Known to scientists as nacre, mother of pearl is the shiny coating found inside some mollusk shells and around pearls. Shellfish, such as oysters, produce it to help defend their ultra-soft tissues against parasites and debris. The nacre basically entombs the invaders in a process called encystation that continues throughout the marine dweller's life.
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If a larger object becomes wedged near the shell, blister pearls -- those attached to the interior -- can form. Most are more familiar with "free pearls," or those that form within the mollusk's soft tissues. Their creation, and that of nacre, is deceptively complex.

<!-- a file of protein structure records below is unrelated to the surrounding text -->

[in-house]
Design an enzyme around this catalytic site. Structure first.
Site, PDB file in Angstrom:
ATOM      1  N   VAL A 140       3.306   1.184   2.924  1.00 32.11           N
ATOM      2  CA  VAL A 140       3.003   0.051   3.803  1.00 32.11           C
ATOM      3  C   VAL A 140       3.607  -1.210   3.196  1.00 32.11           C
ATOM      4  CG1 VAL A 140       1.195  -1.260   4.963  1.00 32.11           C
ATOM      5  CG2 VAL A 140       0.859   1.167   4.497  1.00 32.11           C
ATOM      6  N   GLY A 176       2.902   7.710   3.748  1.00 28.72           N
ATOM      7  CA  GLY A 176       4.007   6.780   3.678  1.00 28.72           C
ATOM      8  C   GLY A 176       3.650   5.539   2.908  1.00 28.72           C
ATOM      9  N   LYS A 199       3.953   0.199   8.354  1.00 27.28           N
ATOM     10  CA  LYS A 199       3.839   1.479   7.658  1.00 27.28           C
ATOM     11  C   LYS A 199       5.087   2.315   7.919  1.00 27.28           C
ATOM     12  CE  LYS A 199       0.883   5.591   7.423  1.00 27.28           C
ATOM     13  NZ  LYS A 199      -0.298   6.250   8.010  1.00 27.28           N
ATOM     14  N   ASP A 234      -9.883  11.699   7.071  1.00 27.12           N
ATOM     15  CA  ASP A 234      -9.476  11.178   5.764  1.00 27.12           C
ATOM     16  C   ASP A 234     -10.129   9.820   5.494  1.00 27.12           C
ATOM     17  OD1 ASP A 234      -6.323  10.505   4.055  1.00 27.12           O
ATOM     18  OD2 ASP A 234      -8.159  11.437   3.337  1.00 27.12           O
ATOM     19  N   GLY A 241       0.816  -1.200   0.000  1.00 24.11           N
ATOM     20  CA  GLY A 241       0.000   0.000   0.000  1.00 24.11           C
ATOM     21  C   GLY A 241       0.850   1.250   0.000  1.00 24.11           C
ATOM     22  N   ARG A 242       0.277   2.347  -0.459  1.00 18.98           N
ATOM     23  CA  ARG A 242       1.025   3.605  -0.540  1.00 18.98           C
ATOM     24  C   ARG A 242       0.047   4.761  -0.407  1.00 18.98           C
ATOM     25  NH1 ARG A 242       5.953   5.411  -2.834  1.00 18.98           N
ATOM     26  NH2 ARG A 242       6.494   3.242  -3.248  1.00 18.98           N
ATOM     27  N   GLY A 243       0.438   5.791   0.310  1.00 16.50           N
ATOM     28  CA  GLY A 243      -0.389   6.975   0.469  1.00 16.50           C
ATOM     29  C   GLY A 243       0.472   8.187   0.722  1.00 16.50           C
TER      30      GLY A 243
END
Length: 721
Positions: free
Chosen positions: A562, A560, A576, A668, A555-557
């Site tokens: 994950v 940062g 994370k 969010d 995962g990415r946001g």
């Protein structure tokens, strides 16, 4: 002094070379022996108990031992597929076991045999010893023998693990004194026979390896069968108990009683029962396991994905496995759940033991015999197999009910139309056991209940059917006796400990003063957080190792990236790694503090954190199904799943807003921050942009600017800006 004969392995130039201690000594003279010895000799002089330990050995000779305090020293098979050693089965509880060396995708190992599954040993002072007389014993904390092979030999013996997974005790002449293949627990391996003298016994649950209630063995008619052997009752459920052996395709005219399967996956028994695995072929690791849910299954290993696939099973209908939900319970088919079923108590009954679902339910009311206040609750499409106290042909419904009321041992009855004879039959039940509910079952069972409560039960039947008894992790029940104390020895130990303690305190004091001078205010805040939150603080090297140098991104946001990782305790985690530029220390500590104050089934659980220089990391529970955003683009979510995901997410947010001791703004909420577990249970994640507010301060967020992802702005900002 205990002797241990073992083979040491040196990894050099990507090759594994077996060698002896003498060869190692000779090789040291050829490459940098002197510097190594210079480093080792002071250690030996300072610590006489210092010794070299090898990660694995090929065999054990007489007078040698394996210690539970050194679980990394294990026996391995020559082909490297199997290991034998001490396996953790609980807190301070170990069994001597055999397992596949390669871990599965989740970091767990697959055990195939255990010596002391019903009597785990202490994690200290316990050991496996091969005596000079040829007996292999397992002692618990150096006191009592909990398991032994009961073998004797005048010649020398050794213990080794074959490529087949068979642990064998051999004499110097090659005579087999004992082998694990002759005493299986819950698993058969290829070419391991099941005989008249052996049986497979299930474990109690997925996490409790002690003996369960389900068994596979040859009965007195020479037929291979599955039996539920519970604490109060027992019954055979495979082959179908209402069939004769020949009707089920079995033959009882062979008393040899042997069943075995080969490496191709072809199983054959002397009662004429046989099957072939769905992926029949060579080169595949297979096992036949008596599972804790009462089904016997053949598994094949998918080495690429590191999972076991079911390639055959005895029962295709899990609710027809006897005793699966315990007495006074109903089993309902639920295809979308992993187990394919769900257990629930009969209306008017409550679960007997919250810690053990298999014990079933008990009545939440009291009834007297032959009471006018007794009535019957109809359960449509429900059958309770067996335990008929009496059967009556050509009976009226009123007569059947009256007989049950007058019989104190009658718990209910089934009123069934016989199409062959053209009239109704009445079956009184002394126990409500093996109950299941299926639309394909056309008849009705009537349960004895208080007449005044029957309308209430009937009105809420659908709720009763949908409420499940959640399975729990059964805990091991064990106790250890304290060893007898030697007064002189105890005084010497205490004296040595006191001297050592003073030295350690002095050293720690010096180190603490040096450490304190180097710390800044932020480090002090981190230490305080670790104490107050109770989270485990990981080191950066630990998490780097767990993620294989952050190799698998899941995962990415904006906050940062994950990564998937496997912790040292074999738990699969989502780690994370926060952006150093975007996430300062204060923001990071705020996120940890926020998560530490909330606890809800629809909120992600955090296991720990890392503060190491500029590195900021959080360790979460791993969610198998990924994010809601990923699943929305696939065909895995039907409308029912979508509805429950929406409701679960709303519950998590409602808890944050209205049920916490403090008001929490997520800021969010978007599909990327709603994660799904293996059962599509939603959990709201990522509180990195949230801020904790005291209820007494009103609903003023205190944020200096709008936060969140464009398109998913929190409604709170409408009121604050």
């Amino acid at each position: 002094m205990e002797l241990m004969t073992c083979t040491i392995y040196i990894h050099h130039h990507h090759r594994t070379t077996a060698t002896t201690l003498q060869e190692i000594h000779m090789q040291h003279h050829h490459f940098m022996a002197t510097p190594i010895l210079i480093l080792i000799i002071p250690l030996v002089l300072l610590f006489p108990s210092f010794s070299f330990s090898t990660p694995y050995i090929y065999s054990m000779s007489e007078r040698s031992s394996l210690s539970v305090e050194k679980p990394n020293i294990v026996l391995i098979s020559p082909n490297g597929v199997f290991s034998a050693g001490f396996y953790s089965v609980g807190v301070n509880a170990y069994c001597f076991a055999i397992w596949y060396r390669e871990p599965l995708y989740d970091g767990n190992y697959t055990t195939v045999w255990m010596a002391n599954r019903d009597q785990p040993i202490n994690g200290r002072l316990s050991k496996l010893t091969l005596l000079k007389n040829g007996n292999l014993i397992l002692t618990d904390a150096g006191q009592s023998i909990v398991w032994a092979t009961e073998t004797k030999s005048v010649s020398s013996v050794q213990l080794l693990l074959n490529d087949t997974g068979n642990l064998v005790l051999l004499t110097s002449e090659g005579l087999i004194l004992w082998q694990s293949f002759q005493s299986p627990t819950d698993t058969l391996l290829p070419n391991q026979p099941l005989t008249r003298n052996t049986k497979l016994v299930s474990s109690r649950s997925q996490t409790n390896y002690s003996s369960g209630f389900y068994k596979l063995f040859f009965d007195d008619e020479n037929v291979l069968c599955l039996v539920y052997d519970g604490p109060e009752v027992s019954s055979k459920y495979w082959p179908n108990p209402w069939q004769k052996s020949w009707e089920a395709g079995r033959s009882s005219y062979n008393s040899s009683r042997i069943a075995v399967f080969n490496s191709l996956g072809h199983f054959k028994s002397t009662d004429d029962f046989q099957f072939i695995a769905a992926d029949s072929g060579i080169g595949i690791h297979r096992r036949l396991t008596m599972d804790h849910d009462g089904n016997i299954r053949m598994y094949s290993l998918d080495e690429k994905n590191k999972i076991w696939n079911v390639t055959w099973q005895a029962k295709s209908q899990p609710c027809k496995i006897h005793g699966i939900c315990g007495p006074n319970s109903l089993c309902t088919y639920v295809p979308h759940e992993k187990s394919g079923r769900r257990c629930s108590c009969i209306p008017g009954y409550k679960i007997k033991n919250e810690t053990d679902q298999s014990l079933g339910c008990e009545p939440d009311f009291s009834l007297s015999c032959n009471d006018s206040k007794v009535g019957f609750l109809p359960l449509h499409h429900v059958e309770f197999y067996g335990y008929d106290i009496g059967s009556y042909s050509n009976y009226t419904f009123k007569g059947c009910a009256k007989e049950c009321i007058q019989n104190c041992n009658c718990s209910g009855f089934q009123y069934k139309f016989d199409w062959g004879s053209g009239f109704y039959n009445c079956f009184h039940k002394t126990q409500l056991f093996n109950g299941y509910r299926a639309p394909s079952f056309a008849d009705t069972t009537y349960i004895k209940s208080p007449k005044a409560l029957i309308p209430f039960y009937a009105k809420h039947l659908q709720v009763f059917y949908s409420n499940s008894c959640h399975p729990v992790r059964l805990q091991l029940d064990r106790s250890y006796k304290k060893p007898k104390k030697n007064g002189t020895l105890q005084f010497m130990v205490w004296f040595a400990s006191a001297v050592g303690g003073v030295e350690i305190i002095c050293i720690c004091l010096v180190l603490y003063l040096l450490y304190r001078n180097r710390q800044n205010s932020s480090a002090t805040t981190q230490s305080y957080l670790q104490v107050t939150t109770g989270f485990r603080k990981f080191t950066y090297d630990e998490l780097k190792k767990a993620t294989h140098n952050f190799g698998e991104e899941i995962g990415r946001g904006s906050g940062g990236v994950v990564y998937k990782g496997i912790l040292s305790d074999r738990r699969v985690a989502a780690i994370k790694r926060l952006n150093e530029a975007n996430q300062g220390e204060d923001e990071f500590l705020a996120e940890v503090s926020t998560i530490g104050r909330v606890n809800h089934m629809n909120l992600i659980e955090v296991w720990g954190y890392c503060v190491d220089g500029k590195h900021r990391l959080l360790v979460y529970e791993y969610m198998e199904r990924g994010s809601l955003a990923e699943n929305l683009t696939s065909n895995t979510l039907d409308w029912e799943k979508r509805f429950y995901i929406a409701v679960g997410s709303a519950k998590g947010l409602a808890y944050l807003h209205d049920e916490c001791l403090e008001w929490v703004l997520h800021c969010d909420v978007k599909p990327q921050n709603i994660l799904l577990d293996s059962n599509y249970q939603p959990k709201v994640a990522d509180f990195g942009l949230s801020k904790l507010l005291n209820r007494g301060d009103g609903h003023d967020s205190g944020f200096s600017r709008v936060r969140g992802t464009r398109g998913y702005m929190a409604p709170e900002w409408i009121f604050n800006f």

"Biological materials are built from limited components, but their mechanical performances such as strength and toughness are far beyond their artificial counterparts," lead author Li-Bo Mao of the University of Sciences and Technology of China and his team wrote.
Natural nacre consists of aragonite plates that grow into one another in a brick-and-mortar fashion through mineralization. Aragonite is a mineral made up of calcium carbonite. The "mortar" consists of a fibrous silk gel.
Mao and his colleagues designed a similar matrix with a system that allowed for gradual release of calcium carbonate. The slow release of the mineral offers a more uniform and natural formation of nacre than what exists in the current popular synthetic process, according to the scientists.
Here's how they did it: